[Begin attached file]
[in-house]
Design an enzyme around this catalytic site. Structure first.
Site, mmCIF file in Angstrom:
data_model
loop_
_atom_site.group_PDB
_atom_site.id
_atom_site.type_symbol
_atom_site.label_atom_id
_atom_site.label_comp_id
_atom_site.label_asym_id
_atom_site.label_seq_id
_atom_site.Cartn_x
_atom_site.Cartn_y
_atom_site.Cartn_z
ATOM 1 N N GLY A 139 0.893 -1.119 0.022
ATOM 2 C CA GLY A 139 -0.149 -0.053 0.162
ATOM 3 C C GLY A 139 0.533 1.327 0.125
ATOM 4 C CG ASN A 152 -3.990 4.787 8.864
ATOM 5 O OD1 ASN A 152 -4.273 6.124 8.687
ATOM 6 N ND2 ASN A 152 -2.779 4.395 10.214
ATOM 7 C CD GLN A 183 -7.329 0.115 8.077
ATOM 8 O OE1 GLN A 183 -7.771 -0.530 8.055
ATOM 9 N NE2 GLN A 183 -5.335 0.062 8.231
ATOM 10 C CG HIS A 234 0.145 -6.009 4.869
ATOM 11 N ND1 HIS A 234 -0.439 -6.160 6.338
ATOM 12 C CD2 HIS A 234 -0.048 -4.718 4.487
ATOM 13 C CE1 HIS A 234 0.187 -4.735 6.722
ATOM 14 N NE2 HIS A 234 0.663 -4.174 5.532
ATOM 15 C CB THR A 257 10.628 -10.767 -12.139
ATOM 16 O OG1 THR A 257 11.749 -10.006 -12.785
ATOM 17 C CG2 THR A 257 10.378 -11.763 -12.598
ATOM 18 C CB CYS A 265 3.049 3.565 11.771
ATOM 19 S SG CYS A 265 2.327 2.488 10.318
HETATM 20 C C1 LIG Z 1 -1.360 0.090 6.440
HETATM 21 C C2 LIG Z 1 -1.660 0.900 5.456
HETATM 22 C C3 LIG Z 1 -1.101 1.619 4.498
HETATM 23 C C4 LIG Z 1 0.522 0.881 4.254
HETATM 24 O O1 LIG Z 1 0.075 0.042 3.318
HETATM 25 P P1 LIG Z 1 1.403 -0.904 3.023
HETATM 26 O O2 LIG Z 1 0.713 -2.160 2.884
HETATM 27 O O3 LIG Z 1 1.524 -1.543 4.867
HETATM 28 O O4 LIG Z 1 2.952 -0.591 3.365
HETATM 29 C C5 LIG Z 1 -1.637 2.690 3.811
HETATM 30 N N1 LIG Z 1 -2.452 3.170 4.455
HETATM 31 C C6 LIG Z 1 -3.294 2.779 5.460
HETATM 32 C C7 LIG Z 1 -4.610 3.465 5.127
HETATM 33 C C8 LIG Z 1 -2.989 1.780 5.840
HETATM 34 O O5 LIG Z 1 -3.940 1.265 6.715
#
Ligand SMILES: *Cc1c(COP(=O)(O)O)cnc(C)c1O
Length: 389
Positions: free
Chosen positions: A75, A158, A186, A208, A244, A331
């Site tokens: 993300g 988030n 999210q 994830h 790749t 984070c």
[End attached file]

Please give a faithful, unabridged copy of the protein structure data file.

[in-house]
Design an enzyme around this catalytic site. Structure first.
Site, mmCIF file in Angstrom:
data_model
loop_
_atom_site.group_PDB
_atom_site.id
_atom_site.type_symbol
_atom_site.label_atom_id
_atom_site.label_comp_id
_atom_site.label_asym_id
_atom_site.label_seq_id
_atom_site.Cartn_x
_atom_site.Cartn_y
_atom_site.Cartn_z
ATOM 1 N N GLY A 139 0.893 -1.119 0.022
ATOM 2 C CA GLY A 139 -0.149 -0.053 0.162
ATOM 3 C C GLY A 139 0.533 1.327 0.125
ATOM 4 C CG ASN A 152 -3.990 4.787 8.864
ATOM 5 O OD1 ASN A 152 -4.273 6.124 8.687
ATOM 6 N ND2 ASN A 152 -2.779 4.395 10.214
ATOM 7 C CD GLN A 183 -7.329 0.115 8.077
ATOM 8 O OE1 GLN A 183 -7.771 -0.530 8.055
ATOM 9 N NE2 GLN A 183 -5.335 0.062 8.231
ATOM 10 C CG HIS A 234 0.145 -6.009 4.869
ATOM 11 N ND1 HIS A 234 -0.439 -6.160 6.338
ATOM 12 C CD2 HIS A 234 -0.048 -4.718 4.487
ATOM 13 C CE1 HIS A 234 0.187 -4.735 6.722
ATOM 14 N NE2 HIS A 234 0.663 -4.174 5.532
ATOM 15 C CB THR A 257 10.628 -10.767 -12.139
ATOM 16 O OG1 THR A 257 11.749 -10.006 -12.785
ATOM 17 C CG2 THR A 257 10.378 -11.763 -12.598
ATOM 18 C CB CYS A 265 3.049 3.565 11.771
ATOM 19 S SG CYS A 265 2.327 2.488 10.318
HETATM 20 C C1 LIG Z 1 -1.360 0.090 6.440
HETATM 21 C C2 LIG Z 1 -1.660 0.900 5.456
HETATM 22 C C3 LIG Z 1 -1.101 1.619 4.498
HETATM 23 C C4 LIG Z 1 0.522 0.881 4.254
HETATM 24 O O1 LIG Z 1 0.075 0.042 3.318
HETATM 25 P P1 LIG Z 1 1.403 -0.904 3.023
HETATM 26 O O2 LIG Z 1 0.713 -2.160 2.884
HETATM 27 O O3 LIG Z 1 1.524 -1.543 4.867
HETATM 28 O O4 LIG Z 1 2.952 -0.591 3.365
HETATM 29 C C5 LIG Z 1 -1.637 2.690 3.811
HETATM 30 N N1 LIG Z 1 -2.452 3.170 4.455
HETATM 31 C C6 LIG Z 1 -3.294 2.779 5.460
HETATM 32 C C7 LIG Z 1 -4.610 3.465 5.127
HETATM 33 C C8 LIG Z 1 -2.989 1.780 5.840
HETATM 34 O O5 LIG Z 1 -3.940 1.265 6.715
#
Ligand SMILES: *Cc1c(COP(=O)(O)O)cnc(C)c1O
Length: 389
Positions: free
Chosen positions: A75, A158, A186, A208, A244, A331
């Site tokens: 993300g 988030n 999210q 994830h 790749t 984070c």